Support The Moscow Times!

Ministries Have Differing Opinions on Eurobond Tax

The Finance Ministry insisted Friday that firms which have issued more than $100 billion in eurobonds should pay $600 million in tax on past interest payments, drawing a rebuke from a rival ministry in an escalating row over offshore borrowing.

By law, issuers should deduct 20 percent tax on interest at source if the ultimate holder of the eurobonds is not a resident of a country that has a double tax treaty with Russia. Tax inspectors have, however, not collected the levy until now.

"Some professionals put [the tax bill] at $600 million. That's a reasonable estimate," Deputy Finance Minister Sergei Shatalov told journalists.

Shatalov won backing from his colleague, Deputy Finance Minister Sergei Storchak : "I understand that this is now unfortunate for many because it seems unexpected," he told a financial conference. "The law may be bad, but it's the law."

One state firm, oil pipeline monopoly Transneft, has threatened to redeem more than $4 billion in eurobonds at par, a move allowed by bond covenants if tax rules change, potentially inflicting losses on investors as the bonds trade at a premium.

Borrowers accuse the Finance Ministry and tax authorities of moving the goalposts and would be ready to take the matter to court if they do not back down, said one source at a large state-controlled bank.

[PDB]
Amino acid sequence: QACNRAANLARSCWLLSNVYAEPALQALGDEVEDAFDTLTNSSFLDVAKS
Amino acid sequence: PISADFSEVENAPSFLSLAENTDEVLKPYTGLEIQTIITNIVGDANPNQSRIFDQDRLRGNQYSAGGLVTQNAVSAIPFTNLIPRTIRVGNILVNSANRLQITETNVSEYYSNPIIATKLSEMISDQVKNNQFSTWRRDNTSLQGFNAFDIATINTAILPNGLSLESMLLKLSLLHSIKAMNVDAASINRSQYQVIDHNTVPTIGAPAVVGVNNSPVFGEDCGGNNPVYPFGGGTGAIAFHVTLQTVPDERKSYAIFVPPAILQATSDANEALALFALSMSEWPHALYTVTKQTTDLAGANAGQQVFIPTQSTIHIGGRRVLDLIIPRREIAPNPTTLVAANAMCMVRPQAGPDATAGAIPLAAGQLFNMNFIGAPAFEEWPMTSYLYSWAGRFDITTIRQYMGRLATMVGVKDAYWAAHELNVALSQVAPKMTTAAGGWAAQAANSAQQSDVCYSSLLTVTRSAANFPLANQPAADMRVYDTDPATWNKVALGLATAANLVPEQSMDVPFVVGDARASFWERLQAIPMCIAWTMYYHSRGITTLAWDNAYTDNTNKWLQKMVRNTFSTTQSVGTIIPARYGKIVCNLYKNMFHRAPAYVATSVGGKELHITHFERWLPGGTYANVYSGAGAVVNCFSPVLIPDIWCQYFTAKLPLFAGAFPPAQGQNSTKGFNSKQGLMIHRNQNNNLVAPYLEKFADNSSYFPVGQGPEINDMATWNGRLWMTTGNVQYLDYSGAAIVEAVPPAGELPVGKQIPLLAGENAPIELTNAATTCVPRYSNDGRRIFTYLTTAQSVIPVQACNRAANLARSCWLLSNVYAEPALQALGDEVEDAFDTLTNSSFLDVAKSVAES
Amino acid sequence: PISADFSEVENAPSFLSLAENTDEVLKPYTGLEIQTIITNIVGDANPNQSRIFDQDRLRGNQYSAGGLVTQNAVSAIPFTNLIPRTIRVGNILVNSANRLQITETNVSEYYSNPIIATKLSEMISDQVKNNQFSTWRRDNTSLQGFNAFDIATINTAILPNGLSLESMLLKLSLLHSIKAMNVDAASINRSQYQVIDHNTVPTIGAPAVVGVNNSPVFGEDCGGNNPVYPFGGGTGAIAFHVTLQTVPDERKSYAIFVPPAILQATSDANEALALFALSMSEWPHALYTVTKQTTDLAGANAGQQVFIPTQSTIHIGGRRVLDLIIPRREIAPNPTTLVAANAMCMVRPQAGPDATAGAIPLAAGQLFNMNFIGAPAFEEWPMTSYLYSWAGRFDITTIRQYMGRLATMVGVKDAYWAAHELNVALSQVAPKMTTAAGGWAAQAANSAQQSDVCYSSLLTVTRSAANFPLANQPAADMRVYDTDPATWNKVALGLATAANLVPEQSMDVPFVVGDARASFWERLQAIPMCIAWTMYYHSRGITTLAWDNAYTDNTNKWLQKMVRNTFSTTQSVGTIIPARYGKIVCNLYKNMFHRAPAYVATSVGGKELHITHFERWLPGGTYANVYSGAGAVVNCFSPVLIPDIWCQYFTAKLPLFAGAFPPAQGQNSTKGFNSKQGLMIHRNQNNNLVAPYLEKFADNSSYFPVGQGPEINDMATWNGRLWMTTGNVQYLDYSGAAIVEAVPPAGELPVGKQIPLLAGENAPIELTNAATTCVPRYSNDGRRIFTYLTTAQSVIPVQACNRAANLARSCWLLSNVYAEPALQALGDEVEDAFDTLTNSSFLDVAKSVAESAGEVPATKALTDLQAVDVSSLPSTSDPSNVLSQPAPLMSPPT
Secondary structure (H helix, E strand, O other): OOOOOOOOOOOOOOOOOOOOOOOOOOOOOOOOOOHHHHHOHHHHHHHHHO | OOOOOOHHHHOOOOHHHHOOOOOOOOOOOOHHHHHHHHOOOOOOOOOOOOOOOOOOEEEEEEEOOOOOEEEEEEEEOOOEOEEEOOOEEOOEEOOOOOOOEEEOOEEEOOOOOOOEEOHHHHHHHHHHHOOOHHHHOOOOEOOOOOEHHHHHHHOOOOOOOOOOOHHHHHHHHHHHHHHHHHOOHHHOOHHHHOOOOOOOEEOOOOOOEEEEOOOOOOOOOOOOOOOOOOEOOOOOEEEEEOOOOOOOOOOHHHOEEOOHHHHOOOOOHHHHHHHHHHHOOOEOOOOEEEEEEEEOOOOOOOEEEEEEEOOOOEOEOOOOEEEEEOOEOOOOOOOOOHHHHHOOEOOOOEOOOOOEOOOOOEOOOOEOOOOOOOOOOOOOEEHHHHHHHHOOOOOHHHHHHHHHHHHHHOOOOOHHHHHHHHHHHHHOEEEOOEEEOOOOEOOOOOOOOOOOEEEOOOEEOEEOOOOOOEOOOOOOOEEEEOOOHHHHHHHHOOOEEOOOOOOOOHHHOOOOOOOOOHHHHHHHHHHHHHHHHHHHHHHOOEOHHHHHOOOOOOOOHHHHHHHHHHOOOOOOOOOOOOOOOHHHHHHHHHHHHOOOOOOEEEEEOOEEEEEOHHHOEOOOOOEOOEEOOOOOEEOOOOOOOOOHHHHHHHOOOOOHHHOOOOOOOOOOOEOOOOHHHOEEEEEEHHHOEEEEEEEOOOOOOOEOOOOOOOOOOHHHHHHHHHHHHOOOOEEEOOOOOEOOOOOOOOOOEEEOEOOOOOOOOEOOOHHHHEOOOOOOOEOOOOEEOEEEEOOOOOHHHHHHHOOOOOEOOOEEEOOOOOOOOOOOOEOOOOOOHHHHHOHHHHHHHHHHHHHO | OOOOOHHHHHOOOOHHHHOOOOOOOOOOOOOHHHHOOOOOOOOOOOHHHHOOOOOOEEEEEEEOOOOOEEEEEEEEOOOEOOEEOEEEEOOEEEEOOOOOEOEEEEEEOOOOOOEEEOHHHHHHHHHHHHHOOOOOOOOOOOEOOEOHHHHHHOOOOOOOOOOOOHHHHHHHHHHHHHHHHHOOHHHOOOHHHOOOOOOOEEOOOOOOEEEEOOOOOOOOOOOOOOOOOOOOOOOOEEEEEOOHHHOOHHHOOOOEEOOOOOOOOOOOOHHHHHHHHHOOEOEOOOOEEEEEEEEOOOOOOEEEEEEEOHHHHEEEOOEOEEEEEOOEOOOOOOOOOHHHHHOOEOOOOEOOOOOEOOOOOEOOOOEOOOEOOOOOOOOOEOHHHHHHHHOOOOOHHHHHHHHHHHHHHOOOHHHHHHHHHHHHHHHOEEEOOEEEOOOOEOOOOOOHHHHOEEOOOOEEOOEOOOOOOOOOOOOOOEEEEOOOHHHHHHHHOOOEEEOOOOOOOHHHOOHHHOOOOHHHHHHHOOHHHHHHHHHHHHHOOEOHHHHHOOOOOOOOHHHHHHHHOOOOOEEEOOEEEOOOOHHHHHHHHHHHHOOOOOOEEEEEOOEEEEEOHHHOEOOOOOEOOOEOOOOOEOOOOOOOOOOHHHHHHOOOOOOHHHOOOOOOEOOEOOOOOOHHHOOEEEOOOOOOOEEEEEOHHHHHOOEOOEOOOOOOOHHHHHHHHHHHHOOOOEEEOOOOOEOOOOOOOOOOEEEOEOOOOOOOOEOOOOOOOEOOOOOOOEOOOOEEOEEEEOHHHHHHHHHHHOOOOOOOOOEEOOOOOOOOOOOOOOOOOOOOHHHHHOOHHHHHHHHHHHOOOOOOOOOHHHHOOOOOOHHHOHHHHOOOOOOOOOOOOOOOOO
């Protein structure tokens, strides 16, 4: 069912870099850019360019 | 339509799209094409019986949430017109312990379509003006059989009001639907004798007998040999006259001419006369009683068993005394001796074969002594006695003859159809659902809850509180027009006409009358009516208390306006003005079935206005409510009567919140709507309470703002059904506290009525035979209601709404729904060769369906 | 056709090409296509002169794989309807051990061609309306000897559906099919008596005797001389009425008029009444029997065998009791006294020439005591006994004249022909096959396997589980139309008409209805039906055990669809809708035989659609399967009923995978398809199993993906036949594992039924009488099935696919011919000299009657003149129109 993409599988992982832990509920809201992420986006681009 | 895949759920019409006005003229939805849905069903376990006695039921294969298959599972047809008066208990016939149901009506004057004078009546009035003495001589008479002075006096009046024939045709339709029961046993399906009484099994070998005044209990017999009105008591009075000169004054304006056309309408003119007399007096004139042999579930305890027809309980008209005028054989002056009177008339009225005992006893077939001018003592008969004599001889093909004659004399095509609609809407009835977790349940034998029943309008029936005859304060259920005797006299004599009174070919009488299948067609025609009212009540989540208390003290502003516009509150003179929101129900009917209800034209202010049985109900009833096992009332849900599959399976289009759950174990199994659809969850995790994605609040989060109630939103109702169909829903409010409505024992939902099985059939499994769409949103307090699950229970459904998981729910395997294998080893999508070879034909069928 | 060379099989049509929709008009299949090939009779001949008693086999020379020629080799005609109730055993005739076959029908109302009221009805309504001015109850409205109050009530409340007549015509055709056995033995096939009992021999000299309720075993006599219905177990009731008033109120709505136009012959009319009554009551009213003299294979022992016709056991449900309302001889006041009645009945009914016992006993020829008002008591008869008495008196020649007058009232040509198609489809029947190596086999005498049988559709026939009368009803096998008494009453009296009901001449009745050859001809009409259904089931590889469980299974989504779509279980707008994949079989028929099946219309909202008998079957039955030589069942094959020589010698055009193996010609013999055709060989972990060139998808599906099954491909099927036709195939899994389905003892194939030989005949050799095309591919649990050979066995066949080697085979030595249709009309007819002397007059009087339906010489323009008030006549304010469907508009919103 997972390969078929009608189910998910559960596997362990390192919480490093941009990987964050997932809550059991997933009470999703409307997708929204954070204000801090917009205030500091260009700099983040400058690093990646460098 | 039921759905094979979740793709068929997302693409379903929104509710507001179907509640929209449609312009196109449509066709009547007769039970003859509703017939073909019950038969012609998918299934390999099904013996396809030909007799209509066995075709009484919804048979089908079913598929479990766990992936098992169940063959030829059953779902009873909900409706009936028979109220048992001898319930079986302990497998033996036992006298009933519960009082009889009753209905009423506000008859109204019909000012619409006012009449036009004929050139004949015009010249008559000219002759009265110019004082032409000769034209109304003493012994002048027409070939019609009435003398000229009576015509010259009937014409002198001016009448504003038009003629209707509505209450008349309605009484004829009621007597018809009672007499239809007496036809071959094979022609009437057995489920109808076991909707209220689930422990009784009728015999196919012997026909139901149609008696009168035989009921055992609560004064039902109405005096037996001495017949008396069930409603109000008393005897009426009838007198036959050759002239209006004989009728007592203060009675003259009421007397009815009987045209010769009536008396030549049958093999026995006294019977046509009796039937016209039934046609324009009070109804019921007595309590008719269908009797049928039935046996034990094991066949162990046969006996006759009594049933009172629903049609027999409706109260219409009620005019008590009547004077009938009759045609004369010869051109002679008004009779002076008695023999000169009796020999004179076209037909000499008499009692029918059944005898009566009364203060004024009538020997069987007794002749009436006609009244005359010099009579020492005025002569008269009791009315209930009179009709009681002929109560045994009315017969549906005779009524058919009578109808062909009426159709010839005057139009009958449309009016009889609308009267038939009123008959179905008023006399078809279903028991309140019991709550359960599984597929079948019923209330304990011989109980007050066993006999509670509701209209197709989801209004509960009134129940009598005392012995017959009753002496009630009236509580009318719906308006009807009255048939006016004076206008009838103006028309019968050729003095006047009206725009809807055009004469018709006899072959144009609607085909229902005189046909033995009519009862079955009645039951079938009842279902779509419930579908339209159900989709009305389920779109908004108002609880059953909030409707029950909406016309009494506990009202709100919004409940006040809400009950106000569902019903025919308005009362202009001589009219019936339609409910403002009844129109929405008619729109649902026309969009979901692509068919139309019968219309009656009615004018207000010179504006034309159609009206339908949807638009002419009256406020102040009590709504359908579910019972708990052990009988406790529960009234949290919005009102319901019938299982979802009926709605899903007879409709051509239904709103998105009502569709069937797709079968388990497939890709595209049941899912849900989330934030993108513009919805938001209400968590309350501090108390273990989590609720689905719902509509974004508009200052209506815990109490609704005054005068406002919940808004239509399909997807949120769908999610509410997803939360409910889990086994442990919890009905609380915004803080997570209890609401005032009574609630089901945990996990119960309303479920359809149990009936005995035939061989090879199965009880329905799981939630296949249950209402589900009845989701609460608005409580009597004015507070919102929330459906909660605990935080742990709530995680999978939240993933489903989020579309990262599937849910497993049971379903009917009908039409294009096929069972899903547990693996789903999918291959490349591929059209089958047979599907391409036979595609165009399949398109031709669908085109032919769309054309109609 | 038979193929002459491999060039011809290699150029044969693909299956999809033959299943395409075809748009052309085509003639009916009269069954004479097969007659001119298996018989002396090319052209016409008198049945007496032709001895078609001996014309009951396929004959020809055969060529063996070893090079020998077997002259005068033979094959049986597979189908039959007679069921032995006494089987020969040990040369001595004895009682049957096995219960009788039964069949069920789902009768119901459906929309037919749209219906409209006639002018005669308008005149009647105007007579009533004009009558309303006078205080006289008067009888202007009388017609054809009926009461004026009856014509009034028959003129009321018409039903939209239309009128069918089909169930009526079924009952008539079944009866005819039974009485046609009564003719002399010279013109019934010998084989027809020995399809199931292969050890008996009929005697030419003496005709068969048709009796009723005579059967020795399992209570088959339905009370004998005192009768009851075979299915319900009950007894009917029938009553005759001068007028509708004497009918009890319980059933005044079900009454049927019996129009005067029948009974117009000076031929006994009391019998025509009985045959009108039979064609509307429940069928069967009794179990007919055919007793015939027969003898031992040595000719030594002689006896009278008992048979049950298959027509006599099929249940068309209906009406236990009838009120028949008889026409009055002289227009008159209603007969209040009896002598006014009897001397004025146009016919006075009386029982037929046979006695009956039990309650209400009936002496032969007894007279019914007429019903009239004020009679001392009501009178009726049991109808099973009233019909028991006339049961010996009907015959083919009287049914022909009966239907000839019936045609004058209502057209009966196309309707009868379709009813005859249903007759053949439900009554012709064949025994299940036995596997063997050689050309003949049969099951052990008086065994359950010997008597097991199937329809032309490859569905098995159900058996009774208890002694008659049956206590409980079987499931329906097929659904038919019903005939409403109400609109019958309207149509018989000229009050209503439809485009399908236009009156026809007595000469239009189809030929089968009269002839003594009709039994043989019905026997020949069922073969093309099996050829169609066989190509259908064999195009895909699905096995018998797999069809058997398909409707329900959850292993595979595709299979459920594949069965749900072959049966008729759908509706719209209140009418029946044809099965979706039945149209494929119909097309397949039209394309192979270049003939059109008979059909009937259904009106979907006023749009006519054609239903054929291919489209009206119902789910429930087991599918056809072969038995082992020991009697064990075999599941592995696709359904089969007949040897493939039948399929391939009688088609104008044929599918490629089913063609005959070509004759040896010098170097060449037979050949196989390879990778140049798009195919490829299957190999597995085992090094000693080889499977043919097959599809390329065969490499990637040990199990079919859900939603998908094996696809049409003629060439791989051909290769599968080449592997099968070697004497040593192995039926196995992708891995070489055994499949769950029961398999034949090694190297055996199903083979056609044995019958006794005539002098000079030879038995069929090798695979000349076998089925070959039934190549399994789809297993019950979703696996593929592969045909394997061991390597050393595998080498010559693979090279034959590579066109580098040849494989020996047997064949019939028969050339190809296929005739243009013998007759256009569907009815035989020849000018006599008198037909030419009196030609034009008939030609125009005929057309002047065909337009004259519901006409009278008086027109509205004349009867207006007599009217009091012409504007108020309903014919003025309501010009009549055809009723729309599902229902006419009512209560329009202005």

"You are either consistent and you apply the approach going forward, or you don't collect tax on past interest," the banker said.

They won an ally in Economic Development Minister Elvira Nabiullina, who saw "no grounds" to levy tax on eurobond interest payments. "I view such proposals with great skepticism," she told reporters.

Major state-controlled companies are the country's largest issuers of eurobonds: Gazprom has more than $30 billion in paper outstanding, followed by VTB and Russian Agricultural Bank.

Sberbank this week issued $1.5 billion in five- and 10-year eurobonds, reopening a market that was shut down to Russian last autumn by the deepening sovereign debt crisis in the euro zone.

"We hope that the problem will be resolved and that issuers and investors will not suffer," Sberbank deputy chief executive Anton Karamzin said.

Read more